By extension of Kim Seul Gi, Park Bo Young is equally a delight. She exudes so much of Soon Ae’s sassy personality that it’s hard not to believe that Kim Seul Gi has actually possessed her. There is one scene where a creepy looking child ghost appears and it was NOT COOL, but thankfully they don’t look like the ghosts from the first episode of Master’s Sun. (I know, the rotting flesh-grandmother becomes a kindly looking one, but it’s hard to forget the rotting flesh.) And they don’t show up so often.
So Soon Ae is causing a lot of trouble for Bong Sun because they are just vastly different personalities. After flipping over Sun Woo, she realizes that it’s quite possible she just made a huge mistake for Bong Sun and tries to get out of the body. But nope! She’s stuck! The frequencies are just too in sync with hers! As she strains to get out of Bong Sun’s body, she ends up fainting and the kitchen crew has no idea what to do with her. Eventually Soon-Bong wakes up and realizes she’s surrounded by men. Kyah! Now more reason to stick around!
She apologizes to Sun Woo and rashly attributes her resignation to Sun Woo’s harsh words about rethinking her place in the kitchen. It’s enough to get her back at the restaurant, except now she’s super sassy. She talks back at sous chef Min Soo when he tells her to do tasks that Sun Woo assigned to him, and wipes water off the floor with a wet mop, making the kitchen floor even more slippy for the chef to walk through. She even peeks at the guys showering after their shift! (That pervy Soon Ae!) The guys are super perplexed by her new personality because she looks exactly like Bong Sun but isn’t acting like Bong Sun. Wondering if the recent stress of her sudden resignation and then coming back to the job was part of it, they reason that she must have dissociative identity disorder – just like all the other leading males in K-dramas! And if that’s the case, they’re even more afraid that she will have a psychopathic side to her and just may kill them all with their knives!
Meanwhile, that famous food blogger who was completely rude the other day has returned with a vengeance: by slapping Sun Woo with a lawsuit! She calls him out on her blog for his rudeness and accuses him of pushing her so hard that she required three weeks’ hospitalization. Three weeks! All for a nudge out the door because she couldn’t control her child, and he had ended up knocking into Bong Sun while she was holding a steaming hot plate of pasta! Even the kid knew he was in the wrong and that blogger was all, “My son is a saint, your staff is rude and dumb.”
In any case, Sun Woo refuses to apologize or settle because he doesn’t think he’s in the wrong. However it’s a huge hit on his popularity and he gets less customers, inviting instead more rude and snobbish ones that think they too know better than the chef in terms of how their dishes should be. Sun Woo doesn’t really care that he has less people and looks at the bright side: at least he and his staff will have more of a break. However the negative press around him is definitely impacting his business.
His worried mother, Cho Hae Young, goes to meet the blogger and pays off the settlement fee. She can’t watch her son suffer from all this negative press, especially when it’s foretold that he’ll have a very ill-fated year! Sun Woo gets real angry with her and storms into her office at school to fight with her; she’s never been a mother to him, and now she gets all involved in his business?! It’s hilarious how as Hae Young beats up her son for his rudeness, she also has to add a disclaimer to the passing college students that she’s beating up her son, not her boyfriend.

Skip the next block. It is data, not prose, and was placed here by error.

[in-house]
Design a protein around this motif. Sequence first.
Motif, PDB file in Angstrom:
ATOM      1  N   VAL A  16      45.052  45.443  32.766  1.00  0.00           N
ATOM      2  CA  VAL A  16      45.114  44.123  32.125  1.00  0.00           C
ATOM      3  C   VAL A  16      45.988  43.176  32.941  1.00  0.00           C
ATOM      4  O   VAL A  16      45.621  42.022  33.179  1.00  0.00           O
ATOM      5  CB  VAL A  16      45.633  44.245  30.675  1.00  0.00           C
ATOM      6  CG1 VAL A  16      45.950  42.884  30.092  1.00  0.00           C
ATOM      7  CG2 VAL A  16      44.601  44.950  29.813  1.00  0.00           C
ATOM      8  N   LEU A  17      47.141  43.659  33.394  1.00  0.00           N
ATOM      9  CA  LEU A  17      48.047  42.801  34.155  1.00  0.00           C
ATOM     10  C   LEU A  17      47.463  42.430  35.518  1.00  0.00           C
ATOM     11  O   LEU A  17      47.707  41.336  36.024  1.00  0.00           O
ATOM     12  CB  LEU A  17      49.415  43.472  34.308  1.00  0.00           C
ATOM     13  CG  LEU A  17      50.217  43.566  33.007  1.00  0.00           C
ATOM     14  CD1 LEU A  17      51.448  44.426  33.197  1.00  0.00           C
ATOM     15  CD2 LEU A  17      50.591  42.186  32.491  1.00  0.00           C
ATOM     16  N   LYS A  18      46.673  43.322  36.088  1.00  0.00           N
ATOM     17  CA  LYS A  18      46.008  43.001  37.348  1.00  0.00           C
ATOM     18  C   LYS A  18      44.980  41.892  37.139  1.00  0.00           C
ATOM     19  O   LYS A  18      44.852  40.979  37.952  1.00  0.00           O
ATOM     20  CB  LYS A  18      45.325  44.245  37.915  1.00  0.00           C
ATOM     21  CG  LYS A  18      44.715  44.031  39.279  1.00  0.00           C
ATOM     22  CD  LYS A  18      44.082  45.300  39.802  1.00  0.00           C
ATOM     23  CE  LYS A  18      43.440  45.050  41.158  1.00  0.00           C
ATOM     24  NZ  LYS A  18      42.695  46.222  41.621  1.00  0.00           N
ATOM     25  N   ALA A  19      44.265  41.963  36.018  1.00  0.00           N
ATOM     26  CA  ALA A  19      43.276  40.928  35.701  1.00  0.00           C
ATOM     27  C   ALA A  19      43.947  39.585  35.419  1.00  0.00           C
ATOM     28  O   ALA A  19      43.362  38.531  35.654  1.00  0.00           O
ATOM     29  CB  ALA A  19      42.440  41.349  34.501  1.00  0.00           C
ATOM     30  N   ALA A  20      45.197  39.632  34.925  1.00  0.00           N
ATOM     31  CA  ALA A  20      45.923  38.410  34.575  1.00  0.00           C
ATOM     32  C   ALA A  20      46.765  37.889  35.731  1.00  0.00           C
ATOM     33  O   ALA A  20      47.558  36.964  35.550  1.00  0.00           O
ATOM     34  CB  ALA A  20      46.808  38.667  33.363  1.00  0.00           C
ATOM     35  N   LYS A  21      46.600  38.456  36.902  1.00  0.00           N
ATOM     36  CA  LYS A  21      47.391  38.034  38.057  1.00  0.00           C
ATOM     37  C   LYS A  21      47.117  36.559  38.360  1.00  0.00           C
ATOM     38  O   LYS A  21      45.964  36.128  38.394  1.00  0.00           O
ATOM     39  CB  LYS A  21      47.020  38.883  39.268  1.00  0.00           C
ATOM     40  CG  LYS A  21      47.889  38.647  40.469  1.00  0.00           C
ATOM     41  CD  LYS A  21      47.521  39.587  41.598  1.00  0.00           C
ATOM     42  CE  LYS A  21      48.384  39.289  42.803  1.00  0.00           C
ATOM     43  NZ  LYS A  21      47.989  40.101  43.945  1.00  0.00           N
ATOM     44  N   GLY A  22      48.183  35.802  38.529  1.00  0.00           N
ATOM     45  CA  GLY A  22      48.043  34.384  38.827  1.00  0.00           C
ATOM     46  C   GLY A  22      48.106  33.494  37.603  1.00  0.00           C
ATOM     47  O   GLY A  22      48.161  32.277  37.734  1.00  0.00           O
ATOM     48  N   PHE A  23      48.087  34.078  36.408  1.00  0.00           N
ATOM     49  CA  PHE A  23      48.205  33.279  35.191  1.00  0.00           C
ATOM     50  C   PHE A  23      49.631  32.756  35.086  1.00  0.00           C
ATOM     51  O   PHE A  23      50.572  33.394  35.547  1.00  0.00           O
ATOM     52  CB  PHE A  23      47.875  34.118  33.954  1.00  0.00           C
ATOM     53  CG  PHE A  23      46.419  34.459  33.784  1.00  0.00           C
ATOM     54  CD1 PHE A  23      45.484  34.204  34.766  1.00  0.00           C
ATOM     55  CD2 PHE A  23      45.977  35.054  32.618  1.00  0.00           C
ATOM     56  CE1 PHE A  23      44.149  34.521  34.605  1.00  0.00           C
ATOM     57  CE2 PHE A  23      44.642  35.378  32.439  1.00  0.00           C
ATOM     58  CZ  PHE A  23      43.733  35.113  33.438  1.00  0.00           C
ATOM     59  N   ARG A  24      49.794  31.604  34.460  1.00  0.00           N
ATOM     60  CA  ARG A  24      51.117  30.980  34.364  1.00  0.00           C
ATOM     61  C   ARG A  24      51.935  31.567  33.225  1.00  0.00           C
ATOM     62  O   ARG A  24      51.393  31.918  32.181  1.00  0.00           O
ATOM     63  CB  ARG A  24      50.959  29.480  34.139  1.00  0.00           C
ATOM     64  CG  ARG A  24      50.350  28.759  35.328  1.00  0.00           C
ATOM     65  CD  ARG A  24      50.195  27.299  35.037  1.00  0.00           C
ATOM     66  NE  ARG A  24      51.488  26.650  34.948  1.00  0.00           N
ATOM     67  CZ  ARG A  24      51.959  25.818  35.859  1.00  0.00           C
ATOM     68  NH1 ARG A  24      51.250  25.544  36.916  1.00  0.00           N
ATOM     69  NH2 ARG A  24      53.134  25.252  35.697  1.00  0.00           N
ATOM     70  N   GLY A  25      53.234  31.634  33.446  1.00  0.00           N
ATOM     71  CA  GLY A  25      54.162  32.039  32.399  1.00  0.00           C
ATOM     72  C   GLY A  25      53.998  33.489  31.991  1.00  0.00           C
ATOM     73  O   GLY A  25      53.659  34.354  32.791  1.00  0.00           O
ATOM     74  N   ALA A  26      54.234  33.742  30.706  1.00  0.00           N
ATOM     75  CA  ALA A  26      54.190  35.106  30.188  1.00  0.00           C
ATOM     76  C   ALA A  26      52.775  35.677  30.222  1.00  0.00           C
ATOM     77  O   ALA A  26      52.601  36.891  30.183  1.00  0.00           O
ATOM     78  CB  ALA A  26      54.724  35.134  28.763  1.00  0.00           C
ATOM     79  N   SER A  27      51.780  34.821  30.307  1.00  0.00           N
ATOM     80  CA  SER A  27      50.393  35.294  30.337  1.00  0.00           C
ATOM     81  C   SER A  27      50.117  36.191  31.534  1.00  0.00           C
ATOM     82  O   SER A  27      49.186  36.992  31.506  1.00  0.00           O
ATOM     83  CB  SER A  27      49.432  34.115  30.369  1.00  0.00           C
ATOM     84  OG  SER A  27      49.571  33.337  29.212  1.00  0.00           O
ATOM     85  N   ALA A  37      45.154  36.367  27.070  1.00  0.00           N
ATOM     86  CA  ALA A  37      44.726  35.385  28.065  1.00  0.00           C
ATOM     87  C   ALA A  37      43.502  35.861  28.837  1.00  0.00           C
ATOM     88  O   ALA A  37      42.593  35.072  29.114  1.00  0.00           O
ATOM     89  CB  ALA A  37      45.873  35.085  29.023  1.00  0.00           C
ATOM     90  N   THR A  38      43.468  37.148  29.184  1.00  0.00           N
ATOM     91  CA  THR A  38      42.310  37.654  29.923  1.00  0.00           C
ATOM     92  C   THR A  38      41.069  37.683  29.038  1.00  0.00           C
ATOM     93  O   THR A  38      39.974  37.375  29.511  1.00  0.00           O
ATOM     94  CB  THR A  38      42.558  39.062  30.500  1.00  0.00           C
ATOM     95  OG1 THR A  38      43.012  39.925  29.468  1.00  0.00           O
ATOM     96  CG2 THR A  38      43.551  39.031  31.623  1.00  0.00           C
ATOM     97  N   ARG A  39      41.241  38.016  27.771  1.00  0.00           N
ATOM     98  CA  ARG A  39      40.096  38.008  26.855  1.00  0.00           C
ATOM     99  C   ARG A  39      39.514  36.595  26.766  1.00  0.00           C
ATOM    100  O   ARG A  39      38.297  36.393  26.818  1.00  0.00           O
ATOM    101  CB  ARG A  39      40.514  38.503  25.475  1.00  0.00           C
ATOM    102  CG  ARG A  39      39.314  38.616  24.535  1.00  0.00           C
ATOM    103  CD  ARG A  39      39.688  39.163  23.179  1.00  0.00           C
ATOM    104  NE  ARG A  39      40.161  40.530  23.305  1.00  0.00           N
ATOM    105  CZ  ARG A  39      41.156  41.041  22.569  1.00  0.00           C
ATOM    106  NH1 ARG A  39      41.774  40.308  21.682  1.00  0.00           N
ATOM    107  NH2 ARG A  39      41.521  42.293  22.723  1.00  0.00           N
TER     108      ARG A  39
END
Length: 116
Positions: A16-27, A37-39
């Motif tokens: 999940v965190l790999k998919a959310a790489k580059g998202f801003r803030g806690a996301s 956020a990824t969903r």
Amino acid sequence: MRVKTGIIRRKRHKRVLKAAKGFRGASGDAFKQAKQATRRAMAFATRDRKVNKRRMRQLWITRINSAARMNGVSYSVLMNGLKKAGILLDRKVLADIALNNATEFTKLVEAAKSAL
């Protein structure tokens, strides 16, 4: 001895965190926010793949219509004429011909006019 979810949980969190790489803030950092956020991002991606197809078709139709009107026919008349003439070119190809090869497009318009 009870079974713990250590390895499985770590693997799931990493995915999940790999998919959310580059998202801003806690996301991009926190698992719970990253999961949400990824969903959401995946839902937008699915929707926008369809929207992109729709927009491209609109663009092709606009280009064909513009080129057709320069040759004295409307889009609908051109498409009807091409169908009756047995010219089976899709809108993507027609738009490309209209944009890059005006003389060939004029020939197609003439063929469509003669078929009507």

A moment with her at the pojangmacha reveals that she is indeed a single mother, and truly a progressive woman. She had Sun Woo at nineteen with a man, and lived with him for a while. They then had Eun Hee together before they broke up, never marrying. Hae Young had her aunt take care of her daughter mostly while she was out studying, working, and building a more stable career for herself. However she ended up neglecting her children. As she can’t live without a man, she also dates around quite a bit, developing a reputation of being a cougar. I love how this kind of female character could easily be put in a makjang drama, but instead is shown in a lighter light here.
In any case, after dealing with a rough couple of days Sun Woo decides to go with his friend, PD Lee So Hyung, to visit his best friend Chang Kyu’s ashes. Chang Kyu is So Hyung’s former husband, or at least lover, and while we aren’t sure why he passed away, it certainly feels like Sun Woo holds a minor grudge against Chang Kyu for getting the girl. In any case, during the visit she proposes to Sun Woo that he join her variety show. She’s doing a cooking survival show where chefs go head to head and compete on weekly missions to see who will come out on top. She’s already signed Chef Marco, a rotund celebrity chef who’s super popular even though Sun Woo doesn’t think he’s got real skills as a cook. Since Sun Woo would like to be more popular, regain the respect of his staff, and not have to rely on his mother paying for his troubles, he agrees to appear on the show.
Sun Woo gives first chance for Min Soo to join him on the show as he is the sous chef. It’s a win for Min Soo, but he is quite inept because he never likes to prepare things himself. Therefore on the day of the recording he realizes that he forgot to pack Sun Woo’s personal knife, and calls up Bong Sun to bring it over.